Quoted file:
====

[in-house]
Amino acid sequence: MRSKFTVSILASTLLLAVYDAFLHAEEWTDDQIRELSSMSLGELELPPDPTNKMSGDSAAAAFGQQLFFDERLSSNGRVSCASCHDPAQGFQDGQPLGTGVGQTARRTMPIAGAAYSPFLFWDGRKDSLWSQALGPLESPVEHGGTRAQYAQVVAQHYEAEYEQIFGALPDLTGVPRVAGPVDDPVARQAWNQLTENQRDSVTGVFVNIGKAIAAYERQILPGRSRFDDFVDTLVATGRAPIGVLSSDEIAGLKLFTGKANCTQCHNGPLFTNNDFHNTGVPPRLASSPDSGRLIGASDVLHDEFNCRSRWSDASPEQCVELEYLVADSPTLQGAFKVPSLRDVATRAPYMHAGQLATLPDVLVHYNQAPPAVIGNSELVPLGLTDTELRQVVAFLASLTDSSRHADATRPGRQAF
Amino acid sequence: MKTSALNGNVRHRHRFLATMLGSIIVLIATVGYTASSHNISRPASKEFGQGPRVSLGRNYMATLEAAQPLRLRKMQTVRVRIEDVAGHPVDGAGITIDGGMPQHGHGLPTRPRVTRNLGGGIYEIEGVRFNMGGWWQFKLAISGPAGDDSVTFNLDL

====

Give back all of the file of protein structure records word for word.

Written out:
[in-house]
Amino acid sequence: MRSKFTVSILASTLLLAVYDAFLHAEEWTDDQIRELSSMSLGELELPPDPTNKMSGDSAAAAFGQQLFFDERLSSNGRVSCASCHDPAQGFQDGQPLGTGVGQTARRTMPIAGAAYSPFLFWDGRKDSLWSQALGPLESPVEHGGTRAQYAQVVAQHYEAEYEQIFGALPDLTGVPRVAGPVDDPVARQAWNQLTENQRDSVTGVFVNIGKAIAAYERQILPGRSRFDDFVDTLVATGRAPIGVLSSDEIAGLKLFTGKANCTQCHNGPLFTNNDFHNTGVPPRLASSPDSGRLIGASDVLHDEFNCRSRWSDASPEQCVELEYLVADSPTLQGAFKVPSLRDVATRAPYMHAGQLATLPDVLVHYNQAPPAVIGNSELVPLGLTDTELRQVVAFLASLTDSSRHADATRPGRQAF
Amino acid sequence: MKTSALNGNVRHRHRFLATMLGSIIVLIATVGYTASSHNISRPASKEFGQGPRVSLGRNYMATLEAAQPLRLRKMQTVRVRIEDVAGHPVDGAGITIDGGMPQHGHGLPTRPRVTRNLGGGIYEIEGVRFNMGGWWQFKLAISGPAGDDSVTFNLDL